Jan De Cock at the Museum of Modern Art







When I was very young and still a wide-eyed Midwesterner, I used to think that one of the neatest things about art was that you could conceivably do something that was more or less an accident, and pretty messy, or you might even find something somewhere that already existed, and you could put it into a frame or in a nice room and it would look very cool.

I loved Modernism, even as a child.

I skip ahead now, and I recall that for a number of years I've been watching more and more artists do stuff that didn't want to be in simple frames or placed in perfect white rooms, and in fact it was stuff that wouldn't look as cool if it were there.

I love messy art too.

The artist Jan De Cock puts some very nice stuff in those frames and he installs those pictures and his very nice sculptures in those rooms. It works very well, and it looks really great. In fact it looks monumental. The Museum of Modern Art hosted a press preview last night for a very striking exhibition of De Cock's work, titled, as luck would have it, "Denkmal 11" [Monument 11].

It's so darn neat! I found myself instinctively resisting its pull, but I can't argue with what I have to describe as the artist's genius.

If I say that I think what he does could also work without the expensive constructions which delight the mind and eye here and in other installations, I'm not taking anything away from what he has accomplished. I can imagine his voice and his gaze opening us to just as much eloquence and beauty if he were content with humbler, materials mounted more humbly. While the sharp edges and perfect planes of the elegant Formica boxes which visually secure and give depth to the installation's two-dimensional works (hung so as to claim the full height of every wall) are clearly his choice, they could just as well be constructed of cardboard with a variety of cardboard mats substituted for the fine frames

But it certainly works as it is.

This is not "found art" as it is usually encountered today, but although what he employs in his work isn't physical detritus, it really is "scraps" of found and created images which describe a broad category of the "monuments" of our modern American condition. Like the work of his contemporaries who manipulate assembled elements, what makes it art is both what he picks and what he does with it after its picked. What makes it monumental is its encyclopedic ambition.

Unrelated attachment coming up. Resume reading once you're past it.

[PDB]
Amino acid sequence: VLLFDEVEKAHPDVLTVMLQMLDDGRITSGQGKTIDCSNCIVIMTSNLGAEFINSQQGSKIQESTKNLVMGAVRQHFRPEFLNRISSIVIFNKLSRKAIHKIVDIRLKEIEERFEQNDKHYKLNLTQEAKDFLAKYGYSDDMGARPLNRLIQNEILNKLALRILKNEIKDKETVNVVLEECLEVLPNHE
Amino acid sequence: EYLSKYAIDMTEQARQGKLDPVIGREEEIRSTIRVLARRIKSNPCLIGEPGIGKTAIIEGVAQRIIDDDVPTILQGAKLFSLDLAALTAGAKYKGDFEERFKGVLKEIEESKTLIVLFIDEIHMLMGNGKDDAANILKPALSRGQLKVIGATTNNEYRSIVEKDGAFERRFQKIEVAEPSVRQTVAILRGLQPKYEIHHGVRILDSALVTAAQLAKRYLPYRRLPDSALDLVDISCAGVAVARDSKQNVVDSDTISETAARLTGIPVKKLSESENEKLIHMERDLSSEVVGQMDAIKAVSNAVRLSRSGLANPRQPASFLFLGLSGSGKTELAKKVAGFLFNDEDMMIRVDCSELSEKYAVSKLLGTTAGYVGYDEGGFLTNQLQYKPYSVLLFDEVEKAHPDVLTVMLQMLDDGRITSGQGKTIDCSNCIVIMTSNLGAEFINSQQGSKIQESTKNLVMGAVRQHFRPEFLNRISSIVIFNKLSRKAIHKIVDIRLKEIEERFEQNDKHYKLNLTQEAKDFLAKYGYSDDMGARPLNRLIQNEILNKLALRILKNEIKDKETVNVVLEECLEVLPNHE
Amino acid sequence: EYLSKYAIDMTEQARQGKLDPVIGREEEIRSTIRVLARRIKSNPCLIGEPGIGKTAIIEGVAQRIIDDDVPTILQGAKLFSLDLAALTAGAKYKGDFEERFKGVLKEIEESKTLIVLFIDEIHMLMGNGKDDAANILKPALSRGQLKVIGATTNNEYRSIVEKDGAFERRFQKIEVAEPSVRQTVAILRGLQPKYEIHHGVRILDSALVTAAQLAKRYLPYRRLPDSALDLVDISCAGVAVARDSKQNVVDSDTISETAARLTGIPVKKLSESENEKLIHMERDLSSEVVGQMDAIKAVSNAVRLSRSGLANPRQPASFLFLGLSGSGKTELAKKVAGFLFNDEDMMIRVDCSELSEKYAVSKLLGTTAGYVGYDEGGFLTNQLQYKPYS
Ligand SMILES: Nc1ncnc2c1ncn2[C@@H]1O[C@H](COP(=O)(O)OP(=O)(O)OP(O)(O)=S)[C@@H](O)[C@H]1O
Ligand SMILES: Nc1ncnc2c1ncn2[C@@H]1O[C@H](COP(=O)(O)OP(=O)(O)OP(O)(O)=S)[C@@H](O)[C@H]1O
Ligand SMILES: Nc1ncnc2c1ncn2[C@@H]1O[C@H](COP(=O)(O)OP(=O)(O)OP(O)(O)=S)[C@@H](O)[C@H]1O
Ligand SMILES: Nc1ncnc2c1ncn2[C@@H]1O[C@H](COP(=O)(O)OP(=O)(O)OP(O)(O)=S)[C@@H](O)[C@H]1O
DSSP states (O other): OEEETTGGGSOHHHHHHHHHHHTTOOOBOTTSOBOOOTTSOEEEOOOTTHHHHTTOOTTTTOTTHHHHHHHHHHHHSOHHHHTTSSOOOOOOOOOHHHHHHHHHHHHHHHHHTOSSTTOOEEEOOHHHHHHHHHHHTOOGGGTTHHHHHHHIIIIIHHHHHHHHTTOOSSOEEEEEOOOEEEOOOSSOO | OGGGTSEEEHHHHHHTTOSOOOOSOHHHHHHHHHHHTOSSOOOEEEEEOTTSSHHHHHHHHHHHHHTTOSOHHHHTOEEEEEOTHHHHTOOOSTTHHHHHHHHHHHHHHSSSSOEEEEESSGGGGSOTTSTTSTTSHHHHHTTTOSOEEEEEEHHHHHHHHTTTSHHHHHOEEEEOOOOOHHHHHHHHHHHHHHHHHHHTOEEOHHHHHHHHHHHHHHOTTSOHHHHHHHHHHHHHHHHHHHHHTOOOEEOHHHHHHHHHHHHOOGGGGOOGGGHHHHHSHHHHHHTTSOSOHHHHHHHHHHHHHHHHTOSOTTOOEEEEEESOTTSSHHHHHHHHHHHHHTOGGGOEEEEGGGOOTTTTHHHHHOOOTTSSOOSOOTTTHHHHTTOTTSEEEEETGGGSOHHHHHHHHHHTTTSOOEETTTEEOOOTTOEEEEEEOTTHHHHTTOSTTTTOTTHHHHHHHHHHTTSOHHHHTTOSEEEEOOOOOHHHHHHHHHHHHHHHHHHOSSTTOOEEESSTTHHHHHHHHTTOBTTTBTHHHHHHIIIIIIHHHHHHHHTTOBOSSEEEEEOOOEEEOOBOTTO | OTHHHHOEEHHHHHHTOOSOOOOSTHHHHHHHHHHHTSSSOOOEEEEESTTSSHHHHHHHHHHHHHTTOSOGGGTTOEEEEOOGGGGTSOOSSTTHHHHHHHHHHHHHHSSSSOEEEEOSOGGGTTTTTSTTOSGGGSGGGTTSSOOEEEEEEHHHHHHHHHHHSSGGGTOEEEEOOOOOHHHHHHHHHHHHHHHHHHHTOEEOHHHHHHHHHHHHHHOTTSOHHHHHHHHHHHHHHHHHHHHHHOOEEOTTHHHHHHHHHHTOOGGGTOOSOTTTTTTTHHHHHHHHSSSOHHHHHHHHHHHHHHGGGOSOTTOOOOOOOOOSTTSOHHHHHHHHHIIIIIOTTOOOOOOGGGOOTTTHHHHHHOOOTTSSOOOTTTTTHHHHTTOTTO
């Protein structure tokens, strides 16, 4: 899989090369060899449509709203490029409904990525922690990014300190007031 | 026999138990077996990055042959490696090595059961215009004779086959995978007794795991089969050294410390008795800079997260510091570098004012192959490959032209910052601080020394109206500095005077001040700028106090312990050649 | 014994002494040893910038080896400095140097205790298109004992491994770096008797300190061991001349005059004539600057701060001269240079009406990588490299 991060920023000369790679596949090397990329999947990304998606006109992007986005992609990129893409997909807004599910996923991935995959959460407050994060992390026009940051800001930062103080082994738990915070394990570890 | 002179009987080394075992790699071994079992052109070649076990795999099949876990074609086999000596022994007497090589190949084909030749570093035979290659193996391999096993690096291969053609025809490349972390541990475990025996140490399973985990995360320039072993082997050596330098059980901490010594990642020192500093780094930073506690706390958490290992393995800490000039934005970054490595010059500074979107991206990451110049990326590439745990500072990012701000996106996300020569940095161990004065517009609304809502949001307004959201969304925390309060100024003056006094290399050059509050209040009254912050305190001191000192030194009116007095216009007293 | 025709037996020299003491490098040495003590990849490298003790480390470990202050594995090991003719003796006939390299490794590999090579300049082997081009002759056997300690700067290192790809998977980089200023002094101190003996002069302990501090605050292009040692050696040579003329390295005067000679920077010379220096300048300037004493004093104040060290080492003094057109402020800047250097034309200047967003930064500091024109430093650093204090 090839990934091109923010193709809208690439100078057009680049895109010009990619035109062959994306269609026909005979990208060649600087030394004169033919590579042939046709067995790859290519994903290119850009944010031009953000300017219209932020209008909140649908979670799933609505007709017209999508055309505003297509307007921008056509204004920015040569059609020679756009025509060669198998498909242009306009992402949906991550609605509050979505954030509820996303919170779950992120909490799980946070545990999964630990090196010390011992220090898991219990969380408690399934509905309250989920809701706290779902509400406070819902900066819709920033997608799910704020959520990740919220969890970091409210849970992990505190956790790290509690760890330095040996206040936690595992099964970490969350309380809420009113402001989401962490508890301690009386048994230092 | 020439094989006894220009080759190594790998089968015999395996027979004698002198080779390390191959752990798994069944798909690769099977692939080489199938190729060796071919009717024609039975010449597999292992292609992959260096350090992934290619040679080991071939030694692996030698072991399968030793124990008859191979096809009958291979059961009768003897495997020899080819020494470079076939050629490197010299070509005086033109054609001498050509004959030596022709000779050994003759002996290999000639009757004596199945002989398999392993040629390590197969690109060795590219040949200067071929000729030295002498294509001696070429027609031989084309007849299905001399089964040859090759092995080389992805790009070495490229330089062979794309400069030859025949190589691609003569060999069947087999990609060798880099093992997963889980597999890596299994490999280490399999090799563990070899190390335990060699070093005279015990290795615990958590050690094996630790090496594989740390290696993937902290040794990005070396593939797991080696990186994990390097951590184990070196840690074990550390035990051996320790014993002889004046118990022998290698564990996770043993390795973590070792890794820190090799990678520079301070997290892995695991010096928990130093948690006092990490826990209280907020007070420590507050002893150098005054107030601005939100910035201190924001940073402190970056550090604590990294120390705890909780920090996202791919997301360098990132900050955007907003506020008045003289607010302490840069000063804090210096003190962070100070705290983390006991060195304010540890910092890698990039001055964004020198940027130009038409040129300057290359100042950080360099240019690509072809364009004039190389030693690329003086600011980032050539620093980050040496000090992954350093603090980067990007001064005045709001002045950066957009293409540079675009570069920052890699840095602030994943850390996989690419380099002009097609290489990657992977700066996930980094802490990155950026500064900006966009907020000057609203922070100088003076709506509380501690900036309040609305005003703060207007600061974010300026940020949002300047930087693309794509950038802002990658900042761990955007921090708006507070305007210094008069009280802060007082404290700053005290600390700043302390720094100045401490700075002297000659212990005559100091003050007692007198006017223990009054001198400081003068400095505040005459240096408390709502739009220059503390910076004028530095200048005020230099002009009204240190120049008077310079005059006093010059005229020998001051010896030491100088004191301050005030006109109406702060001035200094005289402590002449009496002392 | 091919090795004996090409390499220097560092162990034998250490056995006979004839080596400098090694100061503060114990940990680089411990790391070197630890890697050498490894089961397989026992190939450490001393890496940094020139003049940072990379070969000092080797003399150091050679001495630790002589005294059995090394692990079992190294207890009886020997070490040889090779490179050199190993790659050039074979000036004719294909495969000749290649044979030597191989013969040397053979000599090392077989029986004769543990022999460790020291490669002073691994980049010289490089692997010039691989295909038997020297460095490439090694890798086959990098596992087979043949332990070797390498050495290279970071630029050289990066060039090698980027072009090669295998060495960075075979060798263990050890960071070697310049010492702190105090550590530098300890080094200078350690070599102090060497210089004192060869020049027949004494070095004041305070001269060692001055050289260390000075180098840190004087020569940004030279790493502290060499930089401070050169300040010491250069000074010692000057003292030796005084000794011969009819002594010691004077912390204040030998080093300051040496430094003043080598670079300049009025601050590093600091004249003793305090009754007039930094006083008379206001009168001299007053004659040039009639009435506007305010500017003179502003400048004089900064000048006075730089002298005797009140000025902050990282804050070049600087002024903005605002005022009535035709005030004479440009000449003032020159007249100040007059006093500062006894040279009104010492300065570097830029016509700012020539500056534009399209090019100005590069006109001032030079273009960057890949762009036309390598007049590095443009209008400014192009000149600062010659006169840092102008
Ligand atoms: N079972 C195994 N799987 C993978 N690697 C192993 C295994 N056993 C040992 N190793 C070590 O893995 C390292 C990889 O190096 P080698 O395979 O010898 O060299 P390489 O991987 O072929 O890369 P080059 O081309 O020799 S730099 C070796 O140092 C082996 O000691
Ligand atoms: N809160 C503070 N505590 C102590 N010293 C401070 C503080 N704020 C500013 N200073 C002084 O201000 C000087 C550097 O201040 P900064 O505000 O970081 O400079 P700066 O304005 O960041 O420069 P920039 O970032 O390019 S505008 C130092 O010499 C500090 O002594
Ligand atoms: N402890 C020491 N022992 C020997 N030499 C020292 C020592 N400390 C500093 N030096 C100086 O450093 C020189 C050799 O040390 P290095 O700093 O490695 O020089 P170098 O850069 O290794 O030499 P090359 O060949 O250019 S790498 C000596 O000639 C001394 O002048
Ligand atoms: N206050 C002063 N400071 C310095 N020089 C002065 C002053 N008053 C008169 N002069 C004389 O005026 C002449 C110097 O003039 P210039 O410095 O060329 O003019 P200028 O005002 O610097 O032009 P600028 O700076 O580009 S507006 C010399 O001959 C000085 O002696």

I've now encountered De Cock's art for a third time, even if this may be his first solo show in the U.S., so maybe I'm ahead of most of my compatriots who will find their way to the galleries at MoMA in the next three months. When I was invited to a private installation in March, 2006, I was little prepared for what I saw. I felt I had come into the middle of a conversation, but my curiosity was roused. A second encounter at an installation in Printed Matter's Art Book Fair that November reminded me that I had still not done any studying, but at least I finally met the artist - and I tried to cram the book.

The show at the museum looks terrific, and even if all you manage to get to before wandering through the clean white spaces is the writing on the outside wall, you should have enough of an idea of what it's about to enjoy what you see. Linger. Look closely at the images and the way they have been mounted, then peer at and into the sculptures and investigate the way the frames and boxes have been arranged.

You won't get bored. There's probably much more here than any of us will be able to see in the time we alot ourselves. Just as soon as I thought I had put some of this stuff together - brought it to where I thought I had figured out what he'd done - put it into my own frame - I found something that had totally escaped me until then and I wanted to point it out and talk to someone about it.

I brought home two things that might have made the show for me without any help from the art. The outside wall text asks, regarding De Cock's approach to image-making, "What is the most important thing that remains, the images or a way of looking?" A few minutes later Roxana Marcoci, the show's curator, spoke to the people assembled at the press preview tonight, saying something about the artist believing, as I very much do, that Modernism is the most important movement in the history of art, and (this is the most important part) that it did not end - that it will not end.

Now if we could only get our local institution to consider those two postulates. Photography prohibitions, to begin, would not survive such an examination, but nor would the current far-too-safe and sleepy curatorial practice. We see truly contemporary modern art too rarely in the Museum of Modern Art; we should all be able to take images of it, and of the rest of the archive, with us when we leave.

De Cock being interviewed by NewArtTV in the Bernd and Hilla Becher gallery next door

Jan De Cock and Roxana Marcoci

The work of Jan looks way too much like Javier Cambre, who was included in the Whitney Biennial some years ago.

Pedro, let me know where I might see more of his work, because what we saw at the Whitney Biennial doesn't suggest anything like De Cock's work to either Barry or I.

I apologize for not including any closeups among all the shots I uploaded, but the reflections discouraged me.